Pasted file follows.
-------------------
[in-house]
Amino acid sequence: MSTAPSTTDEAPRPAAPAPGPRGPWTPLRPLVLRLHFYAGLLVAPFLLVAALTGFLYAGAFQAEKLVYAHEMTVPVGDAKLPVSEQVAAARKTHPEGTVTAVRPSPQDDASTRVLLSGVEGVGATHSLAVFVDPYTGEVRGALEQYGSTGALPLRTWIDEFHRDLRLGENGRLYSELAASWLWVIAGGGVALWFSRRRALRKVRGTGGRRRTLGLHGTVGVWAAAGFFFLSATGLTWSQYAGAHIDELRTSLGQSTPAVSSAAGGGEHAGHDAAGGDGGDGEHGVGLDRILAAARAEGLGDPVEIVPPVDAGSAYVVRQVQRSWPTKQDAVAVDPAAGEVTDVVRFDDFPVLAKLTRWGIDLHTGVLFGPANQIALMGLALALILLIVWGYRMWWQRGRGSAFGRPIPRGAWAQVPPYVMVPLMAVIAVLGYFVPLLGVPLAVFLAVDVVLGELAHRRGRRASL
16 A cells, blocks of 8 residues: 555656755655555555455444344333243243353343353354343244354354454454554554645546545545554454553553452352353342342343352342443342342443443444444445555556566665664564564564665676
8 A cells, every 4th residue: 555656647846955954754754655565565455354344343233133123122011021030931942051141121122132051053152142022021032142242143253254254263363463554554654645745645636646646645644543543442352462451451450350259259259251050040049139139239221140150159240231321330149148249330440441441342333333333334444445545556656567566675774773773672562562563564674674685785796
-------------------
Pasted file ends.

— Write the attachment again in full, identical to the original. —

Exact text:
[in-house]
Amino acid sequence: MSTAPSTTDEAPRPAAPAPGPRGPWTPLRPLVLRLHFYAGLLVAPFLLVAALTGFLYAGAFQAEKLVYAHEMTVPVGDAKLPVSEQVAAARKTHPEGTVTAVRPSPQDDASTRVLLSGVEGVGATHSLAVFVDPYTGEVRGALEQYGSTGALPLRTWIDEFHRDLRLGENGRLYSELAASWLWVIAGGGVALWFSRRRALRKVRGTGGRRRTLGLHGTVGVWAAAGFFFLSATGLTWSQYAGAHIDELRTSLGQSTPAVSSAAGGGEHAGHDAAGGDGGDGEHGVGLDRILAAARAEGLGDPVEIVPPVDAGSAYVVRQVQRSWPTKQDAVAVDPAAGEVTDVVRFDDFPVLAKLTRWGIDLHTGVLFGPANQIALMGLALALILLIVWGYRMWWQRGRGSAFGRPIPRGAWAQVPPYVMVPLMAVIAVLGYFVPLLGVPLAVFLAVDVVLGELAHRRGRRASL
16 A cells, blocks of 8 residues: 555656755655555555455444344333243243353343353354343244354354454454554554645546545545554454553553452352353342342343352342443342342443443444444445555556566665664564564564665676
8 A cells, every 4th residue: 555656647846955954754754655565565455354344343233133123122011021030931942051141121122132051053152142022021032142242143253254254263363463554554654645745645636646646645644543543442352462451451450350259259259251050040049139139239221140150159240231321330149148249330440441441342333333333334444445545556656567566675774773773672562562563564674674685785796